Spatial planning is generally identified as a key sector in climate change adaptation that supports a climate resilient development. Therefore, spatial planning receives a specific focus in the recent EUSALP activities. Foremost, the development of a common spatial development perspective is an objective within the INTERREG Alpine Space project AlpGov2. EUSALP Action Group 8 (Risk Governance) decided therefore to actively contribute to this common spatial development perspective with an overall analysis of the status quo of climate resilient spatial planning. Climate change impacts are of course closely connected to natural hazards in the Alpine area and spatial planning represents an essential component of (climate) hazard prevention.
The study covers the whole EUSALP perimeter and can of course not portray national planning systems and diverse planning practice concerning a resilient spatial development, that integrates climate change adaptation measures, in detail. It seeks therefore to evaluate the overall status quo of connecting climate change adaptation (as well as disaster risk management) with spatial planning. The study starts with a secondary analysis of the expected and observed climate signals in the Alpine region and identifies the relevance and role of spatial planning to adapt to climate change impacts. Against this background, the study continues with a status quo analysis of climate resilient spatial planning in international and national research projects as well as national policy documents – primarily the National Adaptation Strategies and National Actions Plans. To understand implementation activities and day-to-day practice a number of interviews with planners on national, regional and local levels as well as experts responsible for coordinating adaptation measures were conducted. Additionally, to highlight the local and regional perspective a workshop in October 2021 focussing on the Walgau valley in the province of Vorarlberg, Austria was organised. There, local politicians and regional stakeholders that have responsibilities in implementing climate change adaptation measures to foster a resilient development presented and discussed with the participants adaptation initiatives and priorities.
Especially the interviews provided an overall evaluation of existing challenges as well as entry points for mainstreaming climate change adaptation in spatial planning policy and practice. Overall, climate resilience is not an established concept and guiding principle yet all over the Alpine space and transnational perspectives are weak, while in general sectoral approaches prevail. Here, planning also hardly addresses emerging land use conflicts that come with necessary adaptation activities. Anyhow, planning legislation is continuously enhanced, new information basis and technical standards have been developed and specific competences are established with administration. Specific funding streams are not well established and there is a need for extensive cooperation of governmental authorities. Here, different adaptation priorities on different levels with a widely weak national planning level lead to a situation, where adaptation goals are well established on national level while implementation is primarily driven forward by the local level – especially cities – causing a certain implementation gap. Planning instruments (e.g. regional programmes, land use plans) are increasingly used to safeguard climate services but monitoring of their effectiveness is still marginal.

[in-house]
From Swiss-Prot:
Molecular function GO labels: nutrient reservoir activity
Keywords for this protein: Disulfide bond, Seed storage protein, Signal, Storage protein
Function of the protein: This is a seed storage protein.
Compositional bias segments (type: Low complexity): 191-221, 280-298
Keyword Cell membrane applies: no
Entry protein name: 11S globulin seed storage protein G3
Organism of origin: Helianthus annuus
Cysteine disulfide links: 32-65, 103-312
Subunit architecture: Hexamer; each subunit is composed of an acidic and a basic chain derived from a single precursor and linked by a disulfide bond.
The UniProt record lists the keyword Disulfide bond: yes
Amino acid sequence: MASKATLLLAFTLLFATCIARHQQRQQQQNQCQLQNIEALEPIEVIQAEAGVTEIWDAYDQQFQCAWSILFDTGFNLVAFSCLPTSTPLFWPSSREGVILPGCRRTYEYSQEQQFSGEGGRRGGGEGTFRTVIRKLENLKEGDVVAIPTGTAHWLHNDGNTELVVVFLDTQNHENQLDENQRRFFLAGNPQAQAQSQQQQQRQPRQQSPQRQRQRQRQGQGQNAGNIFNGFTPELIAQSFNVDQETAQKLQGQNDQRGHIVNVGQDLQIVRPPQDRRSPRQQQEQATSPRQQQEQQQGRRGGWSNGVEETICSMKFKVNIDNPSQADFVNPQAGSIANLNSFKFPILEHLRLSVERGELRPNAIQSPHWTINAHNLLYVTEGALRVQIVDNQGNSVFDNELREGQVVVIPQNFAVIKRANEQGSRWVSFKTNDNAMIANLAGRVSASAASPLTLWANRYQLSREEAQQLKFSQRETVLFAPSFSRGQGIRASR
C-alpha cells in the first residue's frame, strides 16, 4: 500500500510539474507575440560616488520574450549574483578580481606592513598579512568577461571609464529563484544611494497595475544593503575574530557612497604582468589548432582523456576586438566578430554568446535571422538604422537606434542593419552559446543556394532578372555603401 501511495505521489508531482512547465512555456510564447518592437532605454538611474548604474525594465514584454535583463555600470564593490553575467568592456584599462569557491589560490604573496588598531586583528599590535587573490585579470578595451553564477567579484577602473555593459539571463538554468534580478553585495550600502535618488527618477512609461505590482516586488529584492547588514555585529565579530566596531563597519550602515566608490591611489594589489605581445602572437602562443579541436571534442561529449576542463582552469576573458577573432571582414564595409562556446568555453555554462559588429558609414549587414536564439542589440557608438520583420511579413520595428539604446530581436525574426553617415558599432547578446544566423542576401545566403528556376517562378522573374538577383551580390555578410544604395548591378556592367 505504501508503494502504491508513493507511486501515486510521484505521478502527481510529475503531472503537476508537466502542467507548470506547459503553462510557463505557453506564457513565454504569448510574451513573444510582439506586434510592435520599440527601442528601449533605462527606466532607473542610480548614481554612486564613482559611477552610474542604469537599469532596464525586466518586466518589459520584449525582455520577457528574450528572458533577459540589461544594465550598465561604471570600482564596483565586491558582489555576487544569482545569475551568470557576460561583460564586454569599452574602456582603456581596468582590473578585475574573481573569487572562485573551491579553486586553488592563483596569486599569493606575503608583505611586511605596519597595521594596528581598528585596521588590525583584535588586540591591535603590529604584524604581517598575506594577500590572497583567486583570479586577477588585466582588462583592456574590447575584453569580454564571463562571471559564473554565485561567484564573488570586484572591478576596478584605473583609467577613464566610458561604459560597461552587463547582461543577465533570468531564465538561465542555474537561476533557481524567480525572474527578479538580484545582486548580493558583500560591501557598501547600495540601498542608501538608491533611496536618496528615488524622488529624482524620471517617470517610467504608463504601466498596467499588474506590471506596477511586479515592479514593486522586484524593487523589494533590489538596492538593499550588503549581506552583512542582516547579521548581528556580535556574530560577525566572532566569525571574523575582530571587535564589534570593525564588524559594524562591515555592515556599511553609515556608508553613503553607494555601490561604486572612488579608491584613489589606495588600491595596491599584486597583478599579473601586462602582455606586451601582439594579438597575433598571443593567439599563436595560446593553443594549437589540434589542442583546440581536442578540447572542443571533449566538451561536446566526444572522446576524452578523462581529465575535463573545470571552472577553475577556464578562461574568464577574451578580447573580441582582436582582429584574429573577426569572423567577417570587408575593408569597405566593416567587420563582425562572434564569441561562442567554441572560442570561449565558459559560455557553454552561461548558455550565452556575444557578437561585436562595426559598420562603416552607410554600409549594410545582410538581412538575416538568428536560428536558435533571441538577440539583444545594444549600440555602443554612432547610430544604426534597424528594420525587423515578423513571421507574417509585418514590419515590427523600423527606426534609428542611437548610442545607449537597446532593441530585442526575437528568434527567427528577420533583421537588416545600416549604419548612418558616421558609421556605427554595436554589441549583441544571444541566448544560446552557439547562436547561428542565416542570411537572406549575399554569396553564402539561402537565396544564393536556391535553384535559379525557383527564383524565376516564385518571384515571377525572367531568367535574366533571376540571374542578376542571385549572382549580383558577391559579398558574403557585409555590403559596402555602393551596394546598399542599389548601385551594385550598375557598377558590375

Finally, the study led to three overall recommendations for all relevant stakeholders in mainstreaming climate change adaptation into spatial planning to foster a climate resilient development:
- Develop adaptation pathways that integrate spatial planning and rely on extensive coordination;
- Identify dependencies of nature-based solutions to better inform planning decisions;
- Establish an iterative learning process to foster a resilient development.
Sustainable and effective protection against natural hazards is an essential predisposition for settlement and socio-economic development in the Alps. This requires new instruments and processes of risk governance, in order to find the optimal approach to limit the overexploitation of natural resources.
In the following video, Action Group 8 "Risk governance" looks at the need for adaptation to climate change at the Alpine level. This clip illustrates the need for local mobilisation but also the need for cooperation networks to find global solutions. The Alpine macro-strategy through its bottum-up approach favours the emergence of these initiatives and of networks of actors with similar needs and expectations.